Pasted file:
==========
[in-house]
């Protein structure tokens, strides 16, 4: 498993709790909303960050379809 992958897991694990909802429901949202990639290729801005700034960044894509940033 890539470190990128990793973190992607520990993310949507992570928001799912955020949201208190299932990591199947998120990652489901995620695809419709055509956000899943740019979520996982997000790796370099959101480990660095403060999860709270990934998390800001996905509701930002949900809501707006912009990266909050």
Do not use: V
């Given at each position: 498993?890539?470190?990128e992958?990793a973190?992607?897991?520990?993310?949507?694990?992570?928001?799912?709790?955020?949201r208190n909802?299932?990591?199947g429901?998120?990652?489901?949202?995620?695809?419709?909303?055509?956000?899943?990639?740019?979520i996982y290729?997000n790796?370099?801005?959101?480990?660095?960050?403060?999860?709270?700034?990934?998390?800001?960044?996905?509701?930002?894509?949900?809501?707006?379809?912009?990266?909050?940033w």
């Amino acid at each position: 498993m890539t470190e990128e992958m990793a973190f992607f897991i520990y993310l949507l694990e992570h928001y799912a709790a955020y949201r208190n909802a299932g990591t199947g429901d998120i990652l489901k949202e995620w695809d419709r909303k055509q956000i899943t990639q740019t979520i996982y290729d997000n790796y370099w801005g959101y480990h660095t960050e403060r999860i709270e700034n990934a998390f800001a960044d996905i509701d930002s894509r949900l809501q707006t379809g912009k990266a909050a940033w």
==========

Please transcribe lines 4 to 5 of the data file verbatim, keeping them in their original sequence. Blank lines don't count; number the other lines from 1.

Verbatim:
């Given at each position: 498993?890539?470190?990128e992958?990793a973190?992607?897991?520990?993310?949507?694990?992570?928001?799912?709790?955020?949201r208190n909802?299932?990591?199947g429901?998120?990652?489901?949202?995620?695809?419709?909303?055509?956000?899943?990639?740019?979520i996982y290729?997000n790796?370099?801005?959101?480990?660095?960050?403060?999860?709270?700034?990934?998390?800001?960044?996905?509701?930002?894509?949900?809501?707006?379809?912009?990266?909050?940033w």
């Amino acid at each position: 498993m890539t470190e990128e992958m990793a973190f992607f897991i520990y993310l949507l694990e992570h928001y799912a709790a955020y949201r208190n909802a299932g990591t199947g429901d998120i990652l489901k949202e995620w695809d419709r909303k055509q956000i899943t990639q740019t979520i996982y290729d997000n790796y370099w801005g959101y480990h660095t960050e403060r999860i709270e700034n990934a998390f800001a960044d996905i509701d930002s894509r949900l809501q707006t379809g912009k990266a909050a940033w």